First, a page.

Inspections, Compliance, Enforcement, and Criminal Investigations
Linma International (USA), Inc. 15-Aug-02
Food and Drug Administration
San Francisco District
1431 Harbor Bay Parkway
VIA FEDERAL EXPRESS
August 15, 2002
Our Reference: 2954542
Kuncheung Lin, President
Linma International (USA), Inc.
1308 Bayshore Highway, Suite 228
Burlingame, California 94010
Dear Mr. Lin:
We inspected your seafood firm on November 14 and 16, 2001. We conducted this inspection to determine your compliance with FDA?s seafood processing regulations, Title 21, Code of Federal Regulations, Part 123.
We found that your firm had serious HACCP deviations. These deviations caused your Aquacultured Shrimp to be adulterated within the meanin d of Section 402(a)(4) of the Federal Food, Drug, and Cosmetic Act (the Act), in that the fish had been prepared, packed, or held under insanitary conditions, whereby they may have been rendered injurious to health. We listed the HACCP deficiencies on a Form FDA 483 and discussed them with Mr. Kun-Fa Lin, Vice President, at the conclusion of the inspection. We are enclosing a copy of the Form FDA 483 for your reference. Your serious HACCP deviations are as follows:
- You must have product specifications that are designed to ensure that fish and fishery products you import are not injurious to health, to comply with 21 CFR 123.12(a)(2)(i). However, your firm had a product specification for Aquacultured Shrimp, imported from [redacted], that did not address the food safety hazard of aquaculture drugs that is reasonably likely to be present in aquaculturally grown shrimp.
- You must implement an affirmative step, which ensures that the fish and fishery products you import are processed in accordance with the seafood HACCP regulation, to comply with 21 CFR 123:12(a)(2)(ii). However, your firm?s performance of affirmative step Option D under 21 CFR 123.12(a)(2)(ii) of maintaining on file a copy, in English, of the foreign processor?s HACCP plan for deveined Shrimp, manufactured by [redacted] was inadequate. Specifically, the foreign processor?s HACCP did not list the food safety hazard of aquaculture drugs.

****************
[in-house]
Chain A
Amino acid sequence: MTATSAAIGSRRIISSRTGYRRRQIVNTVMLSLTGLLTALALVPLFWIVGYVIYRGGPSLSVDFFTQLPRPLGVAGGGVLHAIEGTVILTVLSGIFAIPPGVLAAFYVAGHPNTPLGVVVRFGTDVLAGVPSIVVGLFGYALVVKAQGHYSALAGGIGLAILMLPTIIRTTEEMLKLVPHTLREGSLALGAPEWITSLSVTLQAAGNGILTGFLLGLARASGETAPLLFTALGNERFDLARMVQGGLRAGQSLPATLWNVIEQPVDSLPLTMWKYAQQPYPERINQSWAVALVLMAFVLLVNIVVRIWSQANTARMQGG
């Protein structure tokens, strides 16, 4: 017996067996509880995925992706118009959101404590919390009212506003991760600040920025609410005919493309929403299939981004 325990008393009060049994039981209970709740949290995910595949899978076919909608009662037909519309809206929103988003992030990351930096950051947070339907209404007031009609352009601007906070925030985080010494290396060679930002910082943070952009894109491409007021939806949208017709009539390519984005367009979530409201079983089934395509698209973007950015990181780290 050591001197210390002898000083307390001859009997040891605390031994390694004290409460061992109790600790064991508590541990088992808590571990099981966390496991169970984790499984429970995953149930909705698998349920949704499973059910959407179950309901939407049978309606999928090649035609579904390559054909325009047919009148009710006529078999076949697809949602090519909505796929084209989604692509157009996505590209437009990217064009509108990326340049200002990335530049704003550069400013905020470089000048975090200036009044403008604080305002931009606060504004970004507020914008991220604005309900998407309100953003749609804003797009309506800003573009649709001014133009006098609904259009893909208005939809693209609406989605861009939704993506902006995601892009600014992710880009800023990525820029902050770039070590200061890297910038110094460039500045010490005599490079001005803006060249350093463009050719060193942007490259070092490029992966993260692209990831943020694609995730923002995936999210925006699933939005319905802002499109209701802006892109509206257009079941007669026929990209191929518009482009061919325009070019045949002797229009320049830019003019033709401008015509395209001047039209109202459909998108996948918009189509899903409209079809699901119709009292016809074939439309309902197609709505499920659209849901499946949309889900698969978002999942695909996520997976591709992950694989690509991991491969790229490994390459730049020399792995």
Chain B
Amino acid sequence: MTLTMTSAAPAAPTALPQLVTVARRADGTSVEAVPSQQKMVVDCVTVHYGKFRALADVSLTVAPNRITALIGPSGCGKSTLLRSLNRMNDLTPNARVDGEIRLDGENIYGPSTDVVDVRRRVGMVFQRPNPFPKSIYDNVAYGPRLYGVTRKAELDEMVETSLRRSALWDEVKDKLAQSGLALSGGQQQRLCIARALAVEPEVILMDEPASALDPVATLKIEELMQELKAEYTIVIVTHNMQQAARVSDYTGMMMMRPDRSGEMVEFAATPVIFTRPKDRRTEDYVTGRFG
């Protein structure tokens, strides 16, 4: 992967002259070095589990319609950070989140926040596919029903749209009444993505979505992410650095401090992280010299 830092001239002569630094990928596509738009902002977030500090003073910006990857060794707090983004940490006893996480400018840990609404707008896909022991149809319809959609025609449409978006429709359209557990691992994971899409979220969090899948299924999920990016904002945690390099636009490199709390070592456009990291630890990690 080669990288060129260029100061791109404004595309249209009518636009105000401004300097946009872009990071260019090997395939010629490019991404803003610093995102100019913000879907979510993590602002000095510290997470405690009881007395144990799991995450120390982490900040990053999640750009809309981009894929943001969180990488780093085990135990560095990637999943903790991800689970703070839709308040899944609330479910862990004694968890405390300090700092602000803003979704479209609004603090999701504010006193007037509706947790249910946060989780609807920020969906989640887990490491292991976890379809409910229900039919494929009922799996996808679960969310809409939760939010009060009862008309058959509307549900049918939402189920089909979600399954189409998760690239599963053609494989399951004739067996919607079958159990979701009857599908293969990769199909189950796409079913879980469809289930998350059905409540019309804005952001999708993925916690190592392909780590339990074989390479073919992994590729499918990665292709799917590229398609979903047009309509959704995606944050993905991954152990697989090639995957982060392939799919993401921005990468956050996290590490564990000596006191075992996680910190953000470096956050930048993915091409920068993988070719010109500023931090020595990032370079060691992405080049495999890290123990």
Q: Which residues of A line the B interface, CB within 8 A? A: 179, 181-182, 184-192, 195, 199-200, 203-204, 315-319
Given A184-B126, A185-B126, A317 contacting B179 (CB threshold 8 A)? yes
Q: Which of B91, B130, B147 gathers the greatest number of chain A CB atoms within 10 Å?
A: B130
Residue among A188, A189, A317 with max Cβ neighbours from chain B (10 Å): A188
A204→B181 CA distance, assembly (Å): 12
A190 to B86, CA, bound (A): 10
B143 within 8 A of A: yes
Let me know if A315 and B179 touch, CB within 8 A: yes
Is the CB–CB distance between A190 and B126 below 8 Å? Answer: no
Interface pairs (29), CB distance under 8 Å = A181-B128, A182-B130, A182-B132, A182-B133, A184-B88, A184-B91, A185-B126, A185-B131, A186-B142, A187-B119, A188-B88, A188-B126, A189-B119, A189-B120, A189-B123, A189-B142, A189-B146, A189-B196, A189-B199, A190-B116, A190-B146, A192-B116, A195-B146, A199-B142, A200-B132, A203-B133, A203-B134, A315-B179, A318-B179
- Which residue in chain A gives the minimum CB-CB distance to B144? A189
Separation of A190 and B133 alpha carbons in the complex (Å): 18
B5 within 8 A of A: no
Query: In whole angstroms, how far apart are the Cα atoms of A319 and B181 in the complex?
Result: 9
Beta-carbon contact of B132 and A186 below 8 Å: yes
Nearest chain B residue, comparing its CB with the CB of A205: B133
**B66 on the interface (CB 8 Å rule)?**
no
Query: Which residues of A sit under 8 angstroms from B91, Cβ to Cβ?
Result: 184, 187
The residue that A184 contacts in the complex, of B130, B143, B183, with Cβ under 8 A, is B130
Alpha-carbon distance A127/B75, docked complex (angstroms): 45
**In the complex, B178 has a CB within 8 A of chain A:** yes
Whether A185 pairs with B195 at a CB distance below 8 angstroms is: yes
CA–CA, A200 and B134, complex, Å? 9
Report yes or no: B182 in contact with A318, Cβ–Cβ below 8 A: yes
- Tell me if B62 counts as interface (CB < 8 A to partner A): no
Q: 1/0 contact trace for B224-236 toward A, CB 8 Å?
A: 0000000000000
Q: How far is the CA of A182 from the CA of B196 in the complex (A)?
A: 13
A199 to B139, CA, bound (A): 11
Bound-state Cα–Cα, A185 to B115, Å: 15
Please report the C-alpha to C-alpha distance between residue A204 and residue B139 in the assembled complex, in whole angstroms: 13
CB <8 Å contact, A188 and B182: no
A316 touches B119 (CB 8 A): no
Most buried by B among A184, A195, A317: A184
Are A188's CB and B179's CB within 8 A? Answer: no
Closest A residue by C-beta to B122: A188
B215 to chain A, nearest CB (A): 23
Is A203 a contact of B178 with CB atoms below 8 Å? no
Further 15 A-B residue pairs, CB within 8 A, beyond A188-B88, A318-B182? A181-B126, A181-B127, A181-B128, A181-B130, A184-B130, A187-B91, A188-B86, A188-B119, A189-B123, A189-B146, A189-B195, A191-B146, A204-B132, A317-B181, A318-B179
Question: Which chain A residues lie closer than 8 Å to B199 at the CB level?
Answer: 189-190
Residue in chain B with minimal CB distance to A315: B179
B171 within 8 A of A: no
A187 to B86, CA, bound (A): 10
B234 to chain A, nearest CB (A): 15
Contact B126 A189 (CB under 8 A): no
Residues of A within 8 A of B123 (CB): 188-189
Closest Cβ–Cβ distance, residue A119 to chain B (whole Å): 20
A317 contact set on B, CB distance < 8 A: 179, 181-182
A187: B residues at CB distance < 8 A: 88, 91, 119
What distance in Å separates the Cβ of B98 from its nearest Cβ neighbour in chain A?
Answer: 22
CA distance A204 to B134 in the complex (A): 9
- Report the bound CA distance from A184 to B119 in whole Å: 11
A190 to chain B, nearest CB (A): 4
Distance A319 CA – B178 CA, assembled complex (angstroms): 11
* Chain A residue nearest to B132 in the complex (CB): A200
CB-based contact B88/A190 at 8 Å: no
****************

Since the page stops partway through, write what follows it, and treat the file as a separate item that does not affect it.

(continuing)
Over nine months have elapsed since the FDA inspection. You have had sufficient time to correct the violations. We may initiate regulatory action without further notice if you have not corrected these violations. For instance, we may take further action to seize your products and/or enjoin your firm from operating. In addition, we may detain your imported seafood products without examination.
The above-identified deviations are not intended to be an all inclusive list of deficiencies at your facility. It is your responsibility to ensure that all seafood products processed and distributed by your firm are in compliance with the Act and all requirements of the federal regulations.
Please respond in writing within fifteen (15) working days of receipt of this letter. Your response should outline the specific steps you have taken to correct these violations, including an explanation of each step taken to prevent their reoccurrence.
Your response should include copies of any available documentation demonstrating that corrections have been made. If you cannot complete all the corrections before you respond, we expect that you will explain the reason for your delay and state when you will correct any remaining deficiencies.
Please send your reply to the Food and Drug Administration, Attention: Erlinda N. Figueroa, Compliance Officer, 1431 Harbor Bay Parkway, Alameda, California 94502-7070. If you have questions regarding any issue in this letter, please contact Ms. Figueroa at (510) 337-6795.
James Foater for Dennis K. Linsley
San Francisco District